The Chico State Herbarium, established in the 1950s with specimens donated by late Chico State biology professor Vesta Holt, after whom Holt Hall is named, is the most complete repository of plant specimens from northeastern California and includes a great number of rare, threatened and endangered plant species. The specimens were collected as living samples in the field by professionals and enthusiastic amateurs alike—including many botanists like Lacey.

This fritillary plant specimen is one of more than 100,000 preserved and documented in the Chico State Herbarium.

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The herbarium itself comprises two large rooms on the ground floor of Holt Hall. One resembles a science-classroom laboratory, with long, stainless-steel tables, microscopes and a wall lined with glass-fronted bookshelves. The second room is the equivalent of the “stacks” in a library, with temperature- and humidity-controlled metal cabinets chock-full of dried, pressed, mounted and annotated plant specimens.

“The herbarium is used extensively for identification of sensitive and other plant species by various agencies and individuals. … I use the herbarium a lot as a reference source professionally,” Lacey said. “This relatively low-key organization plays a crucial role in not just the North State, but also the global scientific community. The facility stores over 102,000 [plant] specimens used for research around the world.”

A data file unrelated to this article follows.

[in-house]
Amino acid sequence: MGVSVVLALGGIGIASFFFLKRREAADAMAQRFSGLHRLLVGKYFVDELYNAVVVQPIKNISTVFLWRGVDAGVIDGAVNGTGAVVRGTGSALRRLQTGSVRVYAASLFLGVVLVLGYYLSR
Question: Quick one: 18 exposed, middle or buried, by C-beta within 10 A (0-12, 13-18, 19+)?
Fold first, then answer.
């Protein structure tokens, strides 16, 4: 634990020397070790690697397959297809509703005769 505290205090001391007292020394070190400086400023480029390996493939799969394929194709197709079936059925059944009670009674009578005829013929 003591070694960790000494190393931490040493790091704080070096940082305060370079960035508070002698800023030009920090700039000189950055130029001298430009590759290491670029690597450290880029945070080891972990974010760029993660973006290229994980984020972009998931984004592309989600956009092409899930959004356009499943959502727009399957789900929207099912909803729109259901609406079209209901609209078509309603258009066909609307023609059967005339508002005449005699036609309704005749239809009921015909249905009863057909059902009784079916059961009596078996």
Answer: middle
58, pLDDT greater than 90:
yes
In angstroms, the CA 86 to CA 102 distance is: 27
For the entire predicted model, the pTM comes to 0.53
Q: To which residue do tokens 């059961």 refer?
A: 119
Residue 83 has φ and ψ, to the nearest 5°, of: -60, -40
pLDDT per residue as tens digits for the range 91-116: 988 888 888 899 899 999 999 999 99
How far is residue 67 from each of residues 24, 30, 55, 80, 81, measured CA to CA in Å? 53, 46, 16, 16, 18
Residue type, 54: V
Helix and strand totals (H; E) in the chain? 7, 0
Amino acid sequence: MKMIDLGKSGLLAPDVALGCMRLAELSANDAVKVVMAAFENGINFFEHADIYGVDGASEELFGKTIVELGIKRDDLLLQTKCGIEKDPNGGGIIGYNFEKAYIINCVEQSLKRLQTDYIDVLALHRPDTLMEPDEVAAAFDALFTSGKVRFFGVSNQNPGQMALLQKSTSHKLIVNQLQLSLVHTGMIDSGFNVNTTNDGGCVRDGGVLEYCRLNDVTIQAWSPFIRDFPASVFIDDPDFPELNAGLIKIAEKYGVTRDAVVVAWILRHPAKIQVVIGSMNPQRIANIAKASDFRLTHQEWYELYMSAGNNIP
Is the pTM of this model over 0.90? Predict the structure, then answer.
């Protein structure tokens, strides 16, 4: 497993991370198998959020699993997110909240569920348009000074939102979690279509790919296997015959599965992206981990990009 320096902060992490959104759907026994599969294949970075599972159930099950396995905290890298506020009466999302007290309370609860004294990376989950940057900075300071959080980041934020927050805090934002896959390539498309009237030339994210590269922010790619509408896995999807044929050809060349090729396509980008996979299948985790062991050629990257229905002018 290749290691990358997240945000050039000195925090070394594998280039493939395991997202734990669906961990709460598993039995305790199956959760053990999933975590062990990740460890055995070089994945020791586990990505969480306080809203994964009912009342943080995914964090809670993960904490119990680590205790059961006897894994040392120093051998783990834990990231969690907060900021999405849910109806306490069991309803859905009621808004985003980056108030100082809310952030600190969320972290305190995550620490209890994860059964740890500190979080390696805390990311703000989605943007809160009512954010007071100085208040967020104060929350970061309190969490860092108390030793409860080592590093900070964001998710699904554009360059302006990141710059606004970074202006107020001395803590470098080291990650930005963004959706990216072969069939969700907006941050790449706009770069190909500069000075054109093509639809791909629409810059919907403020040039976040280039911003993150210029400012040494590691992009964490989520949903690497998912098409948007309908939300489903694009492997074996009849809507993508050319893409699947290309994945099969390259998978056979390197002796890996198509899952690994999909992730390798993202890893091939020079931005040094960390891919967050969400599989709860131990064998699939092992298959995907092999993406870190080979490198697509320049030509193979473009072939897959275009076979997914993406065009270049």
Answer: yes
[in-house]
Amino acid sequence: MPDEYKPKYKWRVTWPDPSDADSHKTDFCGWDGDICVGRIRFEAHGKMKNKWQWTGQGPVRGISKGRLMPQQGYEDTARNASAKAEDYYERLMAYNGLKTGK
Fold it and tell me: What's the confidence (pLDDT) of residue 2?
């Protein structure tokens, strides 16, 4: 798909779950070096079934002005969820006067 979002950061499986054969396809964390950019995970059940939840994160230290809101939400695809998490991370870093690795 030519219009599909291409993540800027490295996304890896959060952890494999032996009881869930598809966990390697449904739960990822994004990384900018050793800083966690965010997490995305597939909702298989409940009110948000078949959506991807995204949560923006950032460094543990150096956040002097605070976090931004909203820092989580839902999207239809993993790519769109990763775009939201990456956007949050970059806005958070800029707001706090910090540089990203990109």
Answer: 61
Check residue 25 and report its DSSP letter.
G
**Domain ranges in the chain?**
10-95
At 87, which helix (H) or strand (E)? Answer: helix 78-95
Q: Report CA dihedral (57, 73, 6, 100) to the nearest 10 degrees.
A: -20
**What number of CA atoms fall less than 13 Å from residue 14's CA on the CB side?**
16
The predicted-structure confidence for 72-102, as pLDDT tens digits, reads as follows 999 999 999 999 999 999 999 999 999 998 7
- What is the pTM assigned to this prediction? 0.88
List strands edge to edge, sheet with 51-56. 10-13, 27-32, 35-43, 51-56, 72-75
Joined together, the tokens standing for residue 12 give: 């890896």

Besides crouching down in roadside fields and backcountry forests doing such things as identifying flowers and catching sight of snakes and birds, Lacey and the other naturalist board members and lab volunteers log many indoors hours as well. They prepare specimens, do data entry, and put together educational workshops for regional students and professionals seeking credit hours, as well as more general-interest workshops for the public.

On May 14 the herbarium is hosting an open house sponsored jointly with Gateway Science Museum. During the event, the winners of a local sixth- through 12th-grade plant-photography competition will be chosen.

Lacey hopes that events such as these—that encourage the public to participate in learning about their natural environment—will underscore that “the herbarium is a resource available to students and professionals throughout the world,” as well as for the general public. Members of the public are invited to visit, learn about the collections, get help identifying specific plants, use the reference library, even learn to make plant collections themselves.

“If people knew of the critical contribution to human knowledge that institutions like ours represent, then we may not continually be in danger of losing desperately needed university and community support every time budgets or resources get tight,” said Lacey. “Like the old saying goes, use it or lose it.”

Jennifer Jewell is host of the weekly regional garden program In a North State Garden, which airs every Saturday and Sunday on North State Public Radio.